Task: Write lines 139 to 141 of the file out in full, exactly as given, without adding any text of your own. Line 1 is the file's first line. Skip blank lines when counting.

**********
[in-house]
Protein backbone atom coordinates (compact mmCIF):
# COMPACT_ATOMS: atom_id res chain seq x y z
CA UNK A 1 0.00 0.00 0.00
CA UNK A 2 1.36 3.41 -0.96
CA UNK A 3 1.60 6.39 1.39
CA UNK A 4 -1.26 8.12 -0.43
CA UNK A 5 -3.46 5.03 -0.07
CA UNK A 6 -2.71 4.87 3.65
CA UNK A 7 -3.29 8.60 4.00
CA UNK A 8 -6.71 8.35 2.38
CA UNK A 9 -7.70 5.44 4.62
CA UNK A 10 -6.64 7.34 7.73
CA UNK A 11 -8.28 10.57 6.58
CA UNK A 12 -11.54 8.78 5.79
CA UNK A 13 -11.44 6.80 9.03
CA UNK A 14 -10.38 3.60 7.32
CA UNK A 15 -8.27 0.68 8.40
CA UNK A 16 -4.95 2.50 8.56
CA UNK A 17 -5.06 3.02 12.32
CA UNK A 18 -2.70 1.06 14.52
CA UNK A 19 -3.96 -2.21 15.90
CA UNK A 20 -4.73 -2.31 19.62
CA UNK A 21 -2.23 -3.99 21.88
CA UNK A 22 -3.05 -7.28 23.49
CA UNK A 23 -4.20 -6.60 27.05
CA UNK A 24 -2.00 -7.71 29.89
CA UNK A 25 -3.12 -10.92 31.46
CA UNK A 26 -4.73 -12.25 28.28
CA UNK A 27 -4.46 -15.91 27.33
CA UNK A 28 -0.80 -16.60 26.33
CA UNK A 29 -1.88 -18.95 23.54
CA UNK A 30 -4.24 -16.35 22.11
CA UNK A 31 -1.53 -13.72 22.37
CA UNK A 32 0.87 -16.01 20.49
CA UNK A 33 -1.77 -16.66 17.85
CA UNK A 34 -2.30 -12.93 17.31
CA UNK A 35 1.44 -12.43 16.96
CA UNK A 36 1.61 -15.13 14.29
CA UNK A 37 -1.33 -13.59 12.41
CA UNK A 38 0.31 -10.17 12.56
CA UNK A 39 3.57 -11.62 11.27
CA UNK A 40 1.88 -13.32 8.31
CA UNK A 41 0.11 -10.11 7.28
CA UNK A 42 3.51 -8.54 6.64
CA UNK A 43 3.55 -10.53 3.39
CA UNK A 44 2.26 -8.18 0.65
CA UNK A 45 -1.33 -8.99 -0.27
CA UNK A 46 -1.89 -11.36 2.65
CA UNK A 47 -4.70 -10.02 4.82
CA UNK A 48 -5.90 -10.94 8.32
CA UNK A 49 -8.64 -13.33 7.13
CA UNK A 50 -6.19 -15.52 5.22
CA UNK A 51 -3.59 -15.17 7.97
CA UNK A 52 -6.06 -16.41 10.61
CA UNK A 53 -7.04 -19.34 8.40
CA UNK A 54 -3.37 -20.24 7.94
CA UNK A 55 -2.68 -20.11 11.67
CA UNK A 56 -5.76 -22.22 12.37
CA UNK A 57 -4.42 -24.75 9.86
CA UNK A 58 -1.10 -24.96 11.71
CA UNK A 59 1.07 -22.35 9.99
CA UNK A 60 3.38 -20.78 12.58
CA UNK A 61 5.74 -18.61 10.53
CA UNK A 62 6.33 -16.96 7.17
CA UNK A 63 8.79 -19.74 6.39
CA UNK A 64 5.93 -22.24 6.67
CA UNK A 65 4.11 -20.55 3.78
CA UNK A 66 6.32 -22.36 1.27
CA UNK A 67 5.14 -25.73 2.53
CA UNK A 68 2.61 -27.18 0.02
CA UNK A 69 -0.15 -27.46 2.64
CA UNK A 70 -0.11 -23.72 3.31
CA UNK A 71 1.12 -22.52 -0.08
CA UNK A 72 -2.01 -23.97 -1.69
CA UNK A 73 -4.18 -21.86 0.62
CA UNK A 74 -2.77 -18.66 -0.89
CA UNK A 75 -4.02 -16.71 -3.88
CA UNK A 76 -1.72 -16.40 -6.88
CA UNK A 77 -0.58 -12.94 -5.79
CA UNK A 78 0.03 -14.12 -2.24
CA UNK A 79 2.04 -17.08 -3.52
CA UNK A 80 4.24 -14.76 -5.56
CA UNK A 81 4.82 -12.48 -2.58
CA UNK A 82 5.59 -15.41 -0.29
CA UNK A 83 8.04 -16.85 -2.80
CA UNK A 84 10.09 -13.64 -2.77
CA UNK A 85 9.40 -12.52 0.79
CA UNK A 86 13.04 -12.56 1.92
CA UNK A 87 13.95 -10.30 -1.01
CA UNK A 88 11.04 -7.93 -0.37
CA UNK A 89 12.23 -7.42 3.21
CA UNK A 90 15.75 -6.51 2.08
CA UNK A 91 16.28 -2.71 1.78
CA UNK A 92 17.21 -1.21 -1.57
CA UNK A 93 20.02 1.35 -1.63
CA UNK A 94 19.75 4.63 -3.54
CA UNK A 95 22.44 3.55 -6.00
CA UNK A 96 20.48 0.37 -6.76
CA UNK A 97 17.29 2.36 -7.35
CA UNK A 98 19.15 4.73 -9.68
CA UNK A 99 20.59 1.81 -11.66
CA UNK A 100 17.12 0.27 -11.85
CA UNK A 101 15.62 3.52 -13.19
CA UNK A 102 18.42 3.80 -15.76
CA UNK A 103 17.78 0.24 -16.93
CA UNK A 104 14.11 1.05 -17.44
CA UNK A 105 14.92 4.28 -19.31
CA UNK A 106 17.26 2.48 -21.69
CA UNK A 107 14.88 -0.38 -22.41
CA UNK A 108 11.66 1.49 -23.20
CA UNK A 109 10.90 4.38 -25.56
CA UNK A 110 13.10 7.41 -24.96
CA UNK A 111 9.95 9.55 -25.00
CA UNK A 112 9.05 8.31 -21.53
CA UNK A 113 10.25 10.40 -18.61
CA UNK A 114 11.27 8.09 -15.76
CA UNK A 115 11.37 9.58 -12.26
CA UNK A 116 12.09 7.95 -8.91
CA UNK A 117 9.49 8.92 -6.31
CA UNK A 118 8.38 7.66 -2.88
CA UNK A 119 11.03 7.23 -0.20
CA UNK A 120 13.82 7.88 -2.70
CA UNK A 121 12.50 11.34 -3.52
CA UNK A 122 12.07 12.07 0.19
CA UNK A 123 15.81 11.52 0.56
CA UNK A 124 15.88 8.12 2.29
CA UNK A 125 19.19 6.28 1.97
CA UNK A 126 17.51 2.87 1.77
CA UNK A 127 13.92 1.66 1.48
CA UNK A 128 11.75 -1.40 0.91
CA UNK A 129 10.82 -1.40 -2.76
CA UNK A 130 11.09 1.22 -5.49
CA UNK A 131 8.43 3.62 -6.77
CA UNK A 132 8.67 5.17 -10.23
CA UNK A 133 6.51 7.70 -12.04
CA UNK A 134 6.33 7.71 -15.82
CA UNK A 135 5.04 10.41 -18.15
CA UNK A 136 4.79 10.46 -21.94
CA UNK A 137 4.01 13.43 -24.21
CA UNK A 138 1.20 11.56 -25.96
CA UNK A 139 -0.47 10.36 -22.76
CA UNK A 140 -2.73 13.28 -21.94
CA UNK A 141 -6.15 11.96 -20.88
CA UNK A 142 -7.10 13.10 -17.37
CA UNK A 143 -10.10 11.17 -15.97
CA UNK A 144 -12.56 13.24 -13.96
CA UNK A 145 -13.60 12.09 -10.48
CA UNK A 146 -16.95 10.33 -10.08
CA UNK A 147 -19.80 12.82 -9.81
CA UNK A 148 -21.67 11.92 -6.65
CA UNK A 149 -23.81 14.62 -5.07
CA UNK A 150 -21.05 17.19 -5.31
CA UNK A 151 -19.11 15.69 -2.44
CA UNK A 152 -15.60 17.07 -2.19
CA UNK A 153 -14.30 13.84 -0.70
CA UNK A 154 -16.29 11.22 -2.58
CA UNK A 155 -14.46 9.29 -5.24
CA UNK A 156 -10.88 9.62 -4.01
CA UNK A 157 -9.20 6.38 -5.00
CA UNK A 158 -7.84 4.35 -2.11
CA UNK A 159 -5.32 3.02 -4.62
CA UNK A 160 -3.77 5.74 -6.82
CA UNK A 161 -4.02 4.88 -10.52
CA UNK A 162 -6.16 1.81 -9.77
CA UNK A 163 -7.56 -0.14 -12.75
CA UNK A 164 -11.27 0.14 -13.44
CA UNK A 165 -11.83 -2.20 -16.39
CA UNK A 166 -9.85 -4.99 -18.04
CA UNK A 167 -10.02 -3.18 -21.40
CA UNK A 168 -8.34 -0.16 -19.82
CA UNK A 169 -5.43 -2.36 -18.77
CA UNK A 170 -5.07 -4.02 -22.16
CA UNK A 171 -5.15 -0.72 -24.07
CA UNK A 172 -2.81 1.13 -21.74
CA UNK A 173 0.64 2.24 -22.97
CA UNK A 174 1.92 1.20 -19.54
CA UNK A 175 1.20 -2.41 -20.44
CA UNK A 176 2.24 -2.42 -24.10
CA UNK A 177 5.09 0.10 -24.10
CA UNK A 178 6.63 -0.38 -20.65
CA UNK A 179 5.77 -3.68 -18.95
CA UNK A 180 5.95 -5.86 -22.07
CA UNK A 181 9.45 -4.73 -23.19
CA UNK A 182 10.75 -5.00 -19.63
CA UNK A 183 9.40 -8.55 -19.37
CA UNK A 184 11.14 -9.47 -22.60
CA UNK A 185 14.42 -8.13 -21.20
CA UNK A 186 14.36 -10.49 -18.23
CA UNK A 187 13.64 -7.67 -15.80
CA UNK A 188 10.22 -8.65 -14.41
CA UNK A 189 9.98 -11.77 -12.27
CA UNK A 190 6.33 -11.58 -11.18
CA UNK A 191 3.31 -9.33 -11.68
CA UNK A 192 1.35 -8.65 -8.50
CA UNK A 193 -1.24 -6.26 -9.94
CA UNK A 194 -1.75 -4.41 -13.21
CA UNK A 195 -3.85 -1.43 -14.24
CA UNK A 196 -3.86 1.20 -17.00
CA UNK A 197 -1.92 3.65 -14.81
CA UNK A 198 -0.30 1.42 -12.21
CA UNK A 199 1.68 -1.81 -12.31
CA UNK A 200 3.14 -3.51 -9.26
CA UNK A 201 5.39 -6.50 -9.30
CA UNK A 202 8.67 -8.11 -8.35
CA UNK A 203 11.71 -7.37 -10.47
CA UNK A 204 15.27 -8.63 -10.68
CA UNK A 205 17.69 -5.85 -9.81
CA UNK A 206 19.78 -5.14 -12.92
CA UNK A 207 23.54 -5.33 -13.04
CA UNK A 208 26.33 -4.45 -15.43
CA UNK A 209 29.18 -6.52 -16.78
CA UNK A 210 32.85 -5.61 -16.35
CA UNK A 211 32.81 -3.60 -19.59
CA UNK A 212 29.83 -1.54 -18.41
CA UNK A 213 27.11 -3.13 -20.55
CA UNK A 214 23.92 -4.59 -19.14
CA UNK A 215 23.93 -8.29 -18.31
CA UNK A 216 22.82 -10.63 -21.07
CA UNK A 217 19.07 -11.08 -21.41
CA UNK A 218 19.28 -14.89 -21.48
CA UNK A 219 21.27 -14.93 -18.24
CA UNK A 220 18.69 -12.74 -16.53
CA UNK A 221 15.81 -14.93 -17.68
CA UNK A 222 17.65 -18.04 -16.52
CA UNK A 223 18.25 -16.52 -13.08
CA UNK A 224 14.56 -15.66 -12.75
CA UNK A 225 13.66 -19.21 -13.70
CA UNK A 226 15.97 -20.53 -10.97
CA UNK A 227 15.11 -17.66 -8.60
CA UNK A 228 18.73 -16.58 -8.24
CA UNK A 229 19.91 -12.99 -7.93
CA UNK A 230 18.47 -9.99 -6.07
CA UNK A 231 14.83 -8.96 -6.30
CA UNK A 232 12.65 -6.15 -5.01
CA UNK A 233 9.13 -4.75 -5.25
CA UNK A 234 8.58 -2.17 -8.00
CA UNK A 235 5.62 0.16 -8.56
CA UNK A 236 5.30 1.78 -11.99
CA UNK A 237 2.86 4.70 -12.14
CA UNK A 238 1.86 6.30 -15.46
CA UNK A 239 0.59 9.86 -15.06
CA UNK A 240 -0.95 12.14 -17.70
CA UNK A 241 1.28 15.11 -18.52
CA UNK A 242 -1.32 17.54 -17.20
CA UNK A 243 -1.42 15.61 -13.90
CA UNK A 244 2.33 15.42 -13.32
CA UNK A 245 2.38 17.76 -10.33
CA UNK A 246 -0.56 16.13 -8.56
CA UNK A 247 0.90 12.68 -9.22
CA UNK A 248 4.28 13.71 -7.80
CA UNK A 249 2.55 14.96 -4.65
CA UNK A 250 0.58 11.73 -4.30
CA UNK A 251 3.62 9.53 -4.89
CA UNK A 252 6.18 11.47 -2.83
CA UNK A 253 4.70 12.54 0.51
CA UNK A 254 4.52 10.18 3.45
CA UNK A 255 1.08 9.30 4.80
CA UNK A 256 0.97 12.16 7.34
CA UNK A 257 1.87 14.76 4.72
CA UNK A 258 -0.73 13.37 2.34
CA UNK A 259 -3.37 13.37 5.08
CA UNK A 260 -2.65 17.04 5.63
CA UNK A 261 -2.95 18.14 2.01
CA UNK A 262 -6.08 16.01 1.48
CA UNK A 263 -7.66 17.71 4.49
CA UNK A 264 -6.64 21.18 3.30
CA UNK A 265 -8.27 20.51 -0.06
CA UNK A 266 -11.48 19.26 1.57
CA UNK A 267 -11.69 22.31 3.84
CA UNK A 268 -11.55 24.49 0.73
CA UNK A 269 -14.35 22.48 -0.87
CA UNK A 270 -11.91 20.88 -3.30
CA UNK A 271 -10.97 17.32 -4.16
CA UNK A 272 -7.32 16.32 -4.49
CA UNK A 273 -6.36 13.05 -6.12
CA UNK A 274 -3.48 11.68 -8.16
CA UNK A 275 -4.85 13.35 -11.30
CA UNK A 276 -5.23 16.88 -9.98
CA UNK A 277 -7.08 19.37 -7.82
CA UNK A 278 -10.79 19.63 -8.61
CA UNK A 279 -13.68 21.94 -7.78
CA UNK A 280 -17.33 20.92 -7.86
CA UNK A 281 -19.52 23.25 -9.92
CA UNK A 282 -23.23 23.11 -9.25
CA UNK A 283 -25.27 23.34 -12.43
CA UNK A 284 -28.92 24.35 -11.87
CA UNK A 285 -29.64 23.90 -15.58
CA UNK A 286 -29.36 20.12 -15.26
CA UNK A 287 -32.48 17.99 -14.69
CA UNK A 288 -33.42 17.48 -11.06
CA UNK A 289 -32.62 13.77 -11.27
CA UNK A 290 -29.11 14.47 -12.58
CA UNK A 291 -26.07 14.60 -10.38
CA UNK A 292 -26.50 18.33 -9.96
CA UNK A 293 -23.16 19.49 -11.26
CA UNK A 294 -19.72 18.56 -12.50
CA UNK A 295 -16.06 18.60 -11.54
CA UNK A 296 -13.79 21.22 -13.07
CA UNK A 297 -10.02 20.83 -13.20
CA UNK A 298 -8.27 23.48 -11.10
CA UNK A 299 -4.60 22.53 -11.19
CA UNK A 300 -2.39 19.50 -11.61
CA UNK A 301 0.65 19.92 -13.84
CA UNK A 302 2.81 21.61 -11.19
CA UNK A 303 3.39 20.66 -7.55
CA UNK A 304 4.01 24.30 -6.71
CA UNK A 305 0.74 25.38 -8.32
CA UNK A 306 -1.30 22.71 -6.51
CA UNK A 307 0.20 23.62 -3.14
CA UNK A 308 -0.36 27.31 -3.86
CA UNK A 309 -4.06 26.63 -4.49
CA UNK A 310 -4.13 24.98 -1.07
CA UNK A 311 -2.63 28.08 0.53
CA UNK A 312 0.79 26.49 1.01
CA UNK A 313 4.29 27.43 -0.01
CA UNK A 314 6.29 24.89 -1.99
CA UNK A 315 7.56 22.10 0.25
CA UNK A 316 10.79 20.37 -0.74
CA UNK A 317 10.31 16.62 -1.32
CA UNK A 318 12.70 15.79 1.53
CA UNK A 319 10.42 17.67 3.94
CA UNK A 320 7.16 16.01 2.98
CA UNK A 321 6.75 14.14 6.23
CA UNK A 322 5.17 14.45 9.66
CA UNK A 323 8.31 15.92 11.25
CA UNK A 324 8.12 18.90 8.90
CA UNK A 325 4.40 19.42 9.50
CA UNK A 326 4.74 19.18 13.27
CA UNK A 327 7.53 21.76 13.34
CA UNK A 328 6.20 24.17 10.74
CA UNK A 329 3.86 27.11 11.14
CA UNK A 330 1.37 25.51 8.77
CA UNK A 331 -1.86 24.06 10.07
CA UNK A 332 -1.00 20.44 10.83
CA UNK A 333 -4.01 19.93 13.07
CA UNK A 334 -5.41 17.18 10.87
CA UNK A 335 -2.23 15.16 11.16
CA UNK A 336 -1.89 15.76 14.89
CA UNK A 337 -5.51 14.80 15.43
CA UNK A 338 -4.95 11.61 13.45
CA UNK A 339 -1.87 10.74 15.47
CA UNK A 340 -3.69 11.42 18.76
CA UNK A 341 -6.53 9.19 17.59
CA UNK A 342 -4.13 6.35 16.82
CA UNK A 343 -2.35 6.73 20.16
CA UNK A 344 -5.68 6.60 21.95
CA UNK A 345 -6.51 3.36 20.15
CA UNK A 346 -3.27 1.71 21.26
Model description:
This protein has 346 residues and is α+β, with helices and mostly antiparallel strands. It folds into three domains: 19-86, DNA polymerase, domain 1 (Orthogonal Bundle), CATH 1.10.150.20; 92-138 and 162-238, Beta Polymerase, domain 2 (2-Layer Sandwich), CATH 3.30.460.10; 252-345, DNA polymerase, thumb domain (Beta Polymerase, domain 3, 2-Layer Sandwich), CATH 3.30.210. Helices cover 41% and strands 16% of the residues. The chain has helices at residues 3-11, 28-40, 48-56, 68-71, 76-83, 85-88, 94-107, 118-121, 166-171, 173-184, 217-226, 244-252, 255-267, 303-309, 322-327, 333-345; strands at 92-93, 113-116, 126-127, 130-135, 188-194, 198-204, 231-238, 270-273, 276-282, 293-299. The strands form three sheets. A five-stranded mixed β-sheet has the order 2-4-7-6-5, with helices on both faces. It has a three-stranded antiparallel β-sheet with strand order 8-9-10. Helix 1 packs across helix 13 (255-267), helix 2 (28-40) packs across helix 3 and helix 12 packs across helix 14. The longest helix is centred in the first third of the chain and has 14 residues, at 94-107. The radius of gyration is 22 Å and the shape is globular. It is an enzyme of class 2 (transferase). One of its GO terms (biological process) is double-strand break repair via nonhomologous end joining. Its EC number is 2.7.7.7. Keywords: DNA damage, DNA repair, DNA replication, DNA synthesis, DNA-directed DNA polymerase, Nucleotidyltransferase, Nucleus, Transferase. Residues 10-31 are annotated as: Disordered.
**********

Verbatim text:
CA UNK A 136 4.79 10.46 -21.94
CA UNK A 137 4.01 13.43 -24.21
CA UNK A 138 1.20 11.56 -25.96